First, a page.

Wednesday, April 8, 2020

WWII Land Seizure

This is about WWII land seizure in Maynard, MA. This site on federal eminent domain mentions 20 million acres seized nationwide during WWII:

A bit more than one-fifth of Maynard was seized by the Federal Government via eminent domain in the spring of 1942. Residents were given as little as ten days to vacate their houses and farms. The land – 3,100 acres in Maynard, Sudbury, Hudson and Stow (800 in Maynard) – was taken to create a munitions storage and transfer site. Years after the war, the land was turned over to the “Natick Army Labs” for product field testing, then to the Army’s Fort Devens for training exercises. All this became an Environmental Protection Agency “Superfund” cleanup site before its transformation into a national wildlife refuge.

Children at a scrap metal pile, part of the WWII effort in
Maynard, MA. Site is currently AVIS rent-a-car.
Working backwards in time, the visitor center at Assabet River National Wildlife Refuge opened October 2010, which was five years after the 2,230-acre Refuge was opened to the public. There was a five-year preparation period before that, starting when the site was turned over to U.S. Fish & Wildlife Service in 2000. The refuge's specific objectives include the conservation and management of migratory bird species; the restoration of wetland, grassland and forest habitats; and natural resource related education. Public use of the refuge includes wildlife observation, photography, environmental education, hunting, and fishing.

Prior to the release of land from military control it was most recently the Fort Devens-Sudbury Training Annex (1982-2000), before that the United States Army Natick Soldier Research, Development and Engineering Center (1958-82), and before that, first the Maynard Ordnance Supply Depot and then the Maynard Ordnance Test Station (1942-58). Fort Devens was involved in 1990 when this was categorized as a “Superfund” cleanup site because of contamination with volatile organic compounds, arsenic, pesticides and other chemicals. Arsenic compounds had been used as herbicides to keep the railroad tracks clear of weeds during the time of munitions storage. Extensive EPA-supervised Army clean-up efforts included removing over 15,000 cubic yards of contaminated soil, removing hundreds of buried 55-gallon metal containers filled with chemical waste, covering a two-acre landfill with a water impermeable cap, and monitoring ground water. Afterwards, as the land and waterways were still too contaminated to allow residential or commercial development, a decision was made to create a wildlife refuge.

Natick Army Labs contributed to the contamination problem during its tenure. Its function is the research and development of food, clothing (including flame-retardant clothing tests), shelters, airdrop systems, and other servicemember support items for the U.S. military. Laboratory waste was buried in a landfill pit.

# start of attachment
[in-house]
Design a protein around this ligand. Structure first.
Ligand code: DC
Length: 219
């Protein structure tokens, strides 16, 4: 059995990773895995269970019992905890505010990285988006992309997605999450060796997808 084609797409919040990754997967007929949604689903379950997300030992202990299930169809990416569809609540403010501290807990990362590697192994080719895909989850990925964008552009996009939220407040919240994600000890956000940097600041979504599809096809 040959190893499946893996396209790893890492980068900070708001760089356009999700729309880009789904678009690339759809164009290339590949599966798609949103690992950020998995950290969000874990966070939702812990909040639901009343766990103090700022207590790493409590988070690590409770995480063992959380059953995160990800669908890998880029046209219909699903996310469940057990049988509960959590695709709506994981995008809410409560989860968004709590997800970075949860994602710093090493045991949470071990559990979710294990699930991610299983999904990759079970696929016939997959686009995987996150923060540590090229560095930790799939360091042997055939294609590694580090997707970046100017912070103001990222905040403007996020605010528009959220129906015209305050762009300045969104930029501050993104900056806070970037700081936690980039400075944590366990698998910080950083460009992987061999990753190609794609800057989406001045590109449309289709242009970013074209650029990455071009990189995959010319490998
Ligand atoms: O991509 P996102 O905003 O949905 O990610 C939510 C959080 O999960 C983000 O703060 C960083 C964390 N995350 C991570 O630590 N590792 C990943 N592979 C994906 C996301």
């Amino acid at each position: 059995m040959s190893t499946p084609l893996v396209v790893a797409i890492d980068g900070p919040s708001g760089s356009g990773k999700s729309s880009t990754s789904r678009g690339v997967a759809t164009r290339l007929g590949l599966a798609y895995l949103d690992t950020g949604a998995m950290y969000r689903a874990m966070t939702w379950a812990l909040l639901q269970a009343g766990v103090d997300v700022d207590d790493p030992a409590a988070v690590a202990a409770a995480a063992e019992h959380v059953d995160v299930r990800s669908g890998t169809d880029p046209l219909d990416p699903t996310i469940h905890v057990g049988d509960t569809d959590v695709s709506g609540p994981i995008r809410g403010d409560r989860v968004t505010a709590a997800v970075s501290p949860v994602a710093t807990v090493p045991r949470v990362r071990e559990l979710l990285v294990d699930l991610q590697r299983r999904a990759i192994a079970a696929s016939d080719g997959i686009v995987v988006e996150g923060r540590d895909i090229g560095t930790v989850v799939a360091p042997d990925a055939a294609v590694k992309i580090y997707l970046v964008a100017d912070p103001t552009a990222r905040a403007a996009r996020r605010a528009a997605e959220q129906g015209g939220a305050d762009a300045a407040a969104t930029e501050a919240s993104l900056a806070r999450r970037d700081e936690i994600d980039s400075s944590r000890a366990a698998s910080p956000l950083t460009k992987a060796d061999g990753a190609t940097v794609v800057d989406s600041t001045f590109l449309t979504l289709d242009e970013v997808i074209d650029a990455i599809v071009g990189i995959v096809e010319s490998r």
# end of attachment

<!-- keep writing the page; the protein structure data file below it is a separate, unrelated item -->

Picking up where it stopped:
The initial taking of land in 1942 had been for the creation of a munitions transfer site. Railroad tracks were created from the west, leading to the doors of 50 widely spaced bunkers. Each of the bunkers, officially referred to as “igloos,” has inside dimensions of 81x26x12 feet. Sides and roofs were mounded with dirt for extra protection and disguise. Convoys of trucks would convey munitions to the harbor for ships heading to Europe. Today, from all but the door end, these bunkers resemble small hills, complete with a forest of trees growing on top. After the war, transfer activity stopped, but the Army chose to use the site for munitions testing rather than return land to former owners as had been verbally promised.

Click on images to enlarge
As to those owners, it was March 1942 when surveyors showed up and started the process of expropriating land held by more than 100 land owners, mostly farmland, some of the homesteads dating back to the early 1700s. A Boston Globe newspaper reporter came out and interviewed several of the families. Quotes such as “It’s the least we can do.” and “It’s a small part to play in helping to win the war.” were attributed to displaced homeowners. The reality, gleaned from post-war interviews with some of the same families, was that they were in shock, told they had to get off their land without even knowing how much they might get paid. Their abandoned houses and barns were not used, either immediately demolished or left to decay, torn down later.

When our government takes land through eminent domain, “…it has a constitutional responsibility to justly compensate the property owner for the fair market value of the property.” There were claims that the evicted peoples received ten cents on the dollar for property value. There is no documentation for this. True that people were forced to hurriedly sell or auction furniture, farm equipment and farm animals, much at below true worth, but payments for land may have been closer to market value. One example cited as documenting the unfairness was the Suikko family being paid $5,700 for the 46-acre farm that had purchased 23 years earlier for $6,500. However, this time interval was one of deflation rather than inflation, so the land may have truly been valued at less than when it had been purchased. Payment, even if fair or close to fair, did not mitigate the pain of being forced off one’s land on short notice and without recourse, nor any subsequent opportunity to return after the war. 

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